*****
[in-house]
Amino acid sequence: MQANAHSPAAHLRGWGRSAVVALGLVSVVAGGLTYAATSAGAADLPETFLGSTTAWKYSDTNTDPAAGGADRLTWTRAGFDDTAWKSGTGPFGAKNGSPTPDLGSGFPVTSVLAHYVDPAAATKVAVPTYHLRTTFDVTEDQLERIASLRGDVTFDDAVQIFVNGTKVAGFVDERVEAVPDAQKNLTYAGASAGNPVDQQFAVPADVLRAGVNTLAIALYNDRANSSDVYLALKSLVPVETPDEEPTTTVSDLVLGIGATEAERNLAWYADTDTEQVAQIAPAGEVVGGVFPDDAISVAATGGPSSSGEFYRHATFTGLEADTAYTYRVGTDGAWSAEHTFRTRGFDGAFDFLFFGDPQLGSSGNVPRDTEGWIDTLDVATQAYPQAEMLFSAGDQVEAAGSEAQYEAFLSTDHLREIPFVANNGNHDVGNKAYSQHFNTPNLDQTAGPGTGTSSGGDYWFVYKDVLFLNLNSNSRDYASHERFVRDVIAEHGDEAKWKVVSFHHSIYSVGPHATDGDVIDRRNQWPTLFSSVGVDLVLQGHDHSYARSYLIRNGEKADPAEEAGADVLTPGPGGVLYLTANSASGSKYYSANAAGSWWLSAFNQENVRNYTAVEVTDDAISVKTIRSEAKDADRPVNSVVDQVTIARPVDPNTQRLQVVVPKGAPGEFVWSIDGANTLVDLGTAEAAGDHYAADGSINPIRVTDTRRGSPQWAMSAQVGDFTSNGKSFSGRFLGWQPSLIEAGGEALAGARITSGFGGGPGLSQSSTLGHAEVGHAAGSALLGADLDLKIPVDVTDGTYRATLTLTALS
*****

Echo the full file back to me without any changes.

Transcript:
[in-house]
Amino acid sequence: MQANAHSPAAHLRGWGRSAVVALGLVSVVAGGLTYAATSAGAADLPETFLGSTTAWKYSDTNTDPAAGGADRLTWTRAGFDDTAWKSGTGPFGAKNGSPTPDLGSGFPVTSVLAHYVDPAAATKVAVPTYHLRTTFDVTEDQLERIASLRGDVTFDDAVQIFVNGTKVAGFVDERVEAVPDAQKNLTYAGASAGNPVDQQFAVPADVLRAGVNTLAIALYNDRANSSDVYLALKSLVPVETPDEEPTTTVSDLVLGIGATEAERNLAWYADTDTEQVAQIAPAGEVVGGVFPDDAISVAATGGPSSSGEFYRHATFTGLEADTAYTYRVGTDGAWSAEHTFRTRGFDGAFDFLFFGDPQLGSSGNVPRDTEGWIDTLDVATQAYPQAEMLFSAGDQVEAAGSEAQYEAFLSTDHLREIPFVANNGNHDVGNKAYSQHFNTPNLDQTAGPGTGTSSGGDYWFVYKDVLFLNLNSNSRDYASHERFVRDVIAEHGDEAKWKVVSFHHSIYSVGPHATDGDVIDRRNQWPTLFSSVGVDLVLQGHDHSYARSYLIRNGEKADPAEEAGADVLTPGPGGVLYLTANSASGSKYYSANAAGSWWLSAFNQENVRNYTAVEVTDDAISVKTIRSEAKDADRPVNSVVDQVTIARPVDPNTQRLQVVVPKGAPGEFVWSIDGANTLVDLGTAEAAGDHYAADGSINPIRVTDTRRGSPQWAMSAQVGDFTSNGKSFSGRFLGWQPSLIEAGGEALAGARITSGFGGGPGLSQSSTLGHAEVGHAAGSALLGADLDLKIPVDVTDGTYRATLTLTALS